Glenfiddich Stag Racing - When Whisky Meets Hackathons
5 Min Read
Last week Solid State Group had a grand day out. We shipped out to Stratford to attend a hackathon like no other. Called Hackadram, it was created by William Grant And Sons, who own brands like Glenfiddich, Hendrick’s, Drambuie, The Balvenie, Monkey Shoulder, Tullamore D.E.W, and Sailor Jerry’s.
And yes, the goodie bags were very very good. I have a cucumber saw for gin garnishes! A teeny tiny little saw! And Solid State Group can now also claim the skill of pairing Tullamore D.E.W with beers. My favourite was a Guinness Original combo.
But, the real business at hand was the hack brief. Here’s what we invented:
We made a multiplayer AR racing game for mobile! The “Glenfiddich Stag Race”.
The buyer of a Glenfiddich could download the app, share it with their friends at a party or pub, all log in to play together, and happily race stags round the bottle for points.
When we were testing the app in public, fellow hackers were flocking towards our app like cheetahs after a fat antelope, or even faster, like the House Of Lords after a free lunch.
William Grant And Sons is in the innovation business. They’re proud of their history, but are even keener on using the digital age to transform their business and lead the spirits industry from the front - that’s why they organised the hack in the first place. Their four briefs were all about engagement or innovations for the brands, we were confident this AR app was the innovative customer engagement channel they needed for the digital native of the future.
Why? If the future of branded content follows the future of media, then there’s going to be a natural progression from newspaper adverts to tv adverts to youtube adverts to AR adverts, as brands situate their message alongside the organic content uploaded by Joe public.
Our AR app aimed to help WGAS be at the forefront of that progression. This would be their first foray into that new media channel of virtual reality. It’s preparation for a future in which we do not wield mobile phones and view digital media through 10 inch screens, but rather, exist in mixed reality worlds enabled by wearable devices.
So we went straight to the possibilities afforded by AR, buoyed by our recent success with an AR app for Christmas cards. We thought carefully about the branding opportunities in the app, for the app to work as a great game it can’t be weighed down by noisy advertising. But rather, the game should be enriched by the fantastic stories and characters created by WGAS over its 130 year history.
For example, these stories bring the game to vivid life when we apply them to the racing assets, in our case stags, to represent the Glenfiddich brand (Glenfiddich means Valley of the Deer). Suddenly, the users aren’t racing 3D blocks, but the noble, beautiful and historic emblems of Scotland’s proudest export. Likewise, the marker which anchors the game, which tells the app to orient the racetrack around it, is the handily cylindrical whisky bottle (but it could be any bottle or object in theory) and therefore we’re quite literally placing the Glenfiddich bottle centre stage.
And like any good game, the world is as important as the gameplay, and our game would inhabit a beautiful themed world based on the different brands, i.e. misty Scottish valleys for Glenfiddich, or sun-kissed Caribbean beaches for Sailor Jerry’s rum, or post-zombie apocalypses filled with demonic chimpanzees for Monkey Shoulder.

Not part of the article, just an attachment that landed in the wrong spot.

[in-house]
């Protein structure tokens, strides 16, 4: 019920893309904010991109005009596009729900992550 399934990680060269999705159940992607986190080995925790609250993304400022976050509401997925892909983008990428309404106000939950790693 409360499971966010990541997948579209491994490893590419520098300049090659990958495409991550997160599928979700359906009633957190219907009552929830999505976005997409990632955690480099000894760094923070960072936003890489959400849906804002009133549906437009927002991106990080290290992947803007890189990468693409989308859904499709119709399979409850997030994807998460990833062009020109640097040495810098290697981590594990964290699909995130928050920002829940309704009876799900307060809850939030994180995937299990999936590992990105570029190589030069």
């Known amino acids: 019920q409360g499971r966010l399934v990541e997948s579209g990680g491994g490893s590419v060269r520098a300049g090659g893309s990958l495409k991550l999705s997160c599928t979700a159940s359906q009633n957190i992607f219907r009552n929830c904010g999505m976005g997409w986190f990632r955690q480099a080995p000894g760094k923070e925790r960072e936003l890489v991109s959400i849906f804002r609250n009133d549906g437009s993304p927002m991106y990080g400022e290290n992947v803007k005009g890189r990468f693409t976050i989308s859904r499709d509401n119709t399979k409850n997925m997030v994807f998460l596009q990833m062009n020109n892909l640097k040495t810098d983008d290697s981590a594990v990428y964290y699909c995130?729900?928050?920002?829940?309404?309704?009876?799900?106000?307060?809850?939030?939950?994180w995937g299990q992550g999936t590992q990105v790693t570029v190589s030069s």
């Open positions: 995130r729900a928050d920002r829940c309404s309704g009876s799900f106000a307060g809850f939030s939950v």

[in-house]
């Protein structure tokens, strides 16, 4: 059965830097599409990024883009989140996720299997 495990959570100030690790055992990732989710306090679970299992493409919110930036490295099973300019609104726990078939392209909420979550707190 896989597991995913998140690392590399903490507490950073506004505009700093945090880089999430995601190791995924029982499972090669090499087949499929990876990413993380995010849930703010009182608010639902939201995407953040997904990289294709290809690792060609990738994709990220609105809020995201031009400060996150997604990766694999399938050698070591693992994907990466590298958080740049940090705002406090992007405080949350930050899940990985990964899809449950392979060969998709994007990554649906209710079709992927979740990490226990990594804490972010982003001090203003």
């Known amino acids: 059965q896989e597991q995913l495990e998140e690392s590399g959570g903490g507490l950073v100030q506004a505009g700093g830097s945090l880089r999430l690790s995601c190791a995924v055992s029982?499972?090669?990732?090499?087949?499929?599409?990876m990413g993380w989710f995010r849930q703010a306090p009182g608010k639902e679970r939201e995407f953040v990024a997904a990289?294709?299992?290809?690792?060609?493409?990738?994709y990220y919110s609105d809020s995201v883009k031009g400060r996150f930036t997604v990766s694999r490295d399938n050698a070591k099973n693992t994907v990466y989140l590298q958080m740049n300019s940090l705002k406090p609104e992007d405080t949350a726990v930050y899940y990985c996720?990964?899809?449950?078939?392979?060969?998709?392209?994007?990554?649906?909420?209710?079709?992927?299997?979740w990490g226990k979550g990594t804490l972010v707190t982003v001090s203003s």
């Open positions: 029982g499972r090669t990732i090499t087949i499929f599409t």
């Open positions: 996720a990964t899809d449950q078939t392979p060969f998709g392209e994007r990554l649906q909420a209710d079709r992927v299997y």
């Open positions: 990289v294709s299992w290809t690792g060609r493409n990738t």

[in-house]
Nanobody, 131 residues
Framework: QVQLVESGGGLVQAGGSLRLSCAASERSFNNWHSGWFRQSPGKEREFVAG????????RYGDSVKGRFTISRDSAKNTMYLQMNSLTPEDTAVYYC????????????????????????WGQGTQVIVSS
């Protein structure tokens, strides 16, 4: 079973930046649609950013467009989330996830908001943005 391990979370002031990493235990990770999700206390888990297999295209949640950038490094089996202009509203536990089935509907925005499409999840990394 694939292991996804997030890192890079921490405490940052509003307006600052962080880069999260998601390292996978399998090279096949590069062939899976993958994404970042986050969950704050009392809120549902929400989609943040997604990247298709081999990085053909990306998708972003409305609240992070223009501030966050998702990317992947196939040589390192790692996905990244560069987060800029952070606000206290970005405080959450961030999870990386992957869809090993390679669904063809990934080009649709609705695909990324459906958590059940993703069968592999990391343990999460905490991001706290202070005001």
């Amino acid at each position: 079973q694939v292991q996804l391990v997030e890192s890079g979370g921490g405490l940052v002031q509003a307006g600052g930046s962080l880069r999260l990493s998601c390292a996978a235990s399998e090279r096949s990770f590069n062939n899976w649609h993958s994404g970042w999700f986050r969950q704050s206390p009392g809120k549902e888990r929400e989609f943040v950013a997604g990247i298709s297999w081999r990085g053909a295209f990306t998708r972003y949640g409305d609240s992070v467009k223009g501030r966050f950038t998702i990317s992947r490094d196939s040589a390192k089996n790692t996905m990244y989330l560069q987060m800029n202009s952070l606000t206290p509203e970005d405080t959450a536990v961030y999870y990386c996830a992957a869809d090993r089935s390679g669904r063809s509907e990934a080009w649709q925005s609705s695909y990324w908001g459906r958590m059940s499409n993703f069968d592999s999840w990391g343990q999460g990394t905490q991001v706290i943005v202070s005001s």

New worlds and characters could be released alongside product releases, and the educational content such as the unique distilling techniques of the Experimental Series could be included as side quests and info.
We wanted to play to our strengths of fast MVPs, beautiful design, and a comprehensive commercial case for the technology.
Like with our Christmas card AR app, we used Unity, the game engine, to power the app, and Vuforia as the platform. Check out our AR app blog for more details on why we chose those tools for AR apps.
Our game’s main string in its bow was the value it brings as a branded customer engagement channel, however, there is one very big addition to this app.
Our proprietary Add To Basket technology makes content shoppable. You click on an ad or piece of content, it instantly takes you to your retailer of choice such as Amazon or Tesco, and it adds the product to your basket in one click.
This app would be no different. Not only could the app help customers discover the rarer WGAS products, it could also help them shop them. Whisky can be a daunting and confusing shopping experience, check out the main whisky websites and shops, you’re dazzled by choice, and usually under-equipped with the knowledge. But play our Stag Racing Game, learn that Glenfiddich’s Winter Storm is finished in ice wine casks, and that the ice wine grapes are picked by moonlight in Niagara in the midst of the winter frosts, and spy the Add To Basket button on the screen, and boom, a truly special whisky is on its way to you.
You can see the whole user journey from this gif of the app in use:
Tom on the left was the looooooser in this instance. I beat Kyle earlier. He claimed it was a bug.
There were dozens of other teams present at this hack and there were some fantastic ideas pitched at the end of the two day hack. The breadth and depth of ideas and technologies were inspiring and it was genuinely one of the best hacks we’ve ever attended.
So well done everyone at Hackadram, thank you for inviting us, we had an amazing time, made new friends, learned new things and after two days of frantic coding, relaxed whisky tasting, and fiery pitches, we finished the hackadram the SSG way - with hot wings, beer, and a bit of light stag racing in the bar.
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